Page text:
The USS Mayo (DDâ€‘422) was a Benson-class destroyer laid down on May 16, 1938 by Bethlehem Shipbuilding Corporation, Fore River, Massachusetts. Named after Admiral Henry Thomas Mayo, she was launched two years later on March 26, 1940, sponsored by Admiral Mayo’s daughter-in-law. She was commissioned on September 18, 1940, with Lieutenant C. D. Emory in command.
After being commissioned the Mayo embarked on a journey to Iceland to assist in neutrality patrols. In July of 1941, the task force took protective custody of the island. Later that year when British Prime Minister Winston Churchill met with President Roosevelt in Argentia, Newfoundland, it was the Mayo who was tasked with safeguarding the meeting.
Action in World War II
In December, the United States entered the war formally and as a result lengthened the Mayo’s convoy assignment in the Western Atlantic. She escorted convoys departing from Boston as well as troop transports from New York. These escort missions were often perilous as bad weather and enemy U-boats presented a harrying threat to anyone who set out to sea. However, it was a fire that claimed one of the ships in her escort, the Wakefield, forcing the Mayo to rescue 247 survivors from the burning wreckage.
In November of 1942, the Mayo patrolled the waters near Casablanca, Morocco, to help assist the invasion of North Africa and protect reinforcements. She would assist mostly in training endeavors, however, until August of the following year, at which point she joined the Eighth Fleet in the Mediterranean Sea. In order to protect the beachhead established in Italy, the Mayo gave repeated fire and anti-aircraft protection to the troops. During one of these missions a sudden explosion damaged the ship and killed seven of her crew. Luckily, she was able to survive a tow back to Naples for repairs. In March of 1944, she returned to the eastern coast of the United States.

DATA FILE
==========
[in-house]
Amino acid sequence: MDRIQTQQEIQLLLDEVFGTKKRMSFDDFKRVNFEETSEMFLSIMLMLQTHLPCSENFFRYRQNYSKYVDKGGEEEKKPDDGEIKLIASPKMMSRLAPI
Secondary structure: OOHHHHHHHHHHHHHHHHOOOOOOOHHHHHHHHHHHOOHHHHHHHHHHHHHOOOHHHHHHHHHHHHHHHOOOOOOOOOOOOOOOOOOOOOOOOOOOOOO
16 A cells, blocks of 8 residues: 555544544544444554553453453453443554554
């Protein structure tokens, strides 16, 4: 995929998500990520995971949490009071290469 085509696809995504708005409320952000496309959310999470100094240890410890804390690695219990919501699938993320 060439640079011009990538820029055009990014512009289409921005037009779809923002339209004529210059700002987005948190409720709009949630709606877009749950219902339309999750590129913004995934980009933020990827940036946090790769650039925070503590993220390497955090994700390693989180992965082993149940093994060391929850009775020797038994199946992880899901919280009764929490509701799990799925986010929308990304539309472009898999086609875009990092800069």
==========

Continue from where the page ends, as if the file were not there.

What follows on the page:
After the War
Before the defeat of Germany, USS Mayo made a number of tours to Trinidad and Europe. Afterward, she ventured off to the Pacific, beginning a series of escort missions from the Philippines to Okinawa. When she completed her escort mission, the Mayo sailed from Yokohama to Charleston, arriving in December of 1945. She was decommissioned in March of 1946 and went into reserve until 1969. She was eventually sold for scrapping in 1972. In total, USS Mayo received two battle stars for her service.
Asbestos in Navy Ships
Although an essential component of the naval fleet, especially during World War II, naval destroyers also pose a lasting health risk to soldiers serving on them. Unfortunately, products containing asbestos were common, especially on older ships, because of the material’s high resistance to heat and fire. Despite its value as an insulator, asbestos fiber intake can lead to several serious health consequences, includingÂ mesothelioma, a devastating cancer without cure. Current and former military personnel who came into contact with these ships should seek immediate medical attention in order to detect possible health consequences associated with asbestos exposure.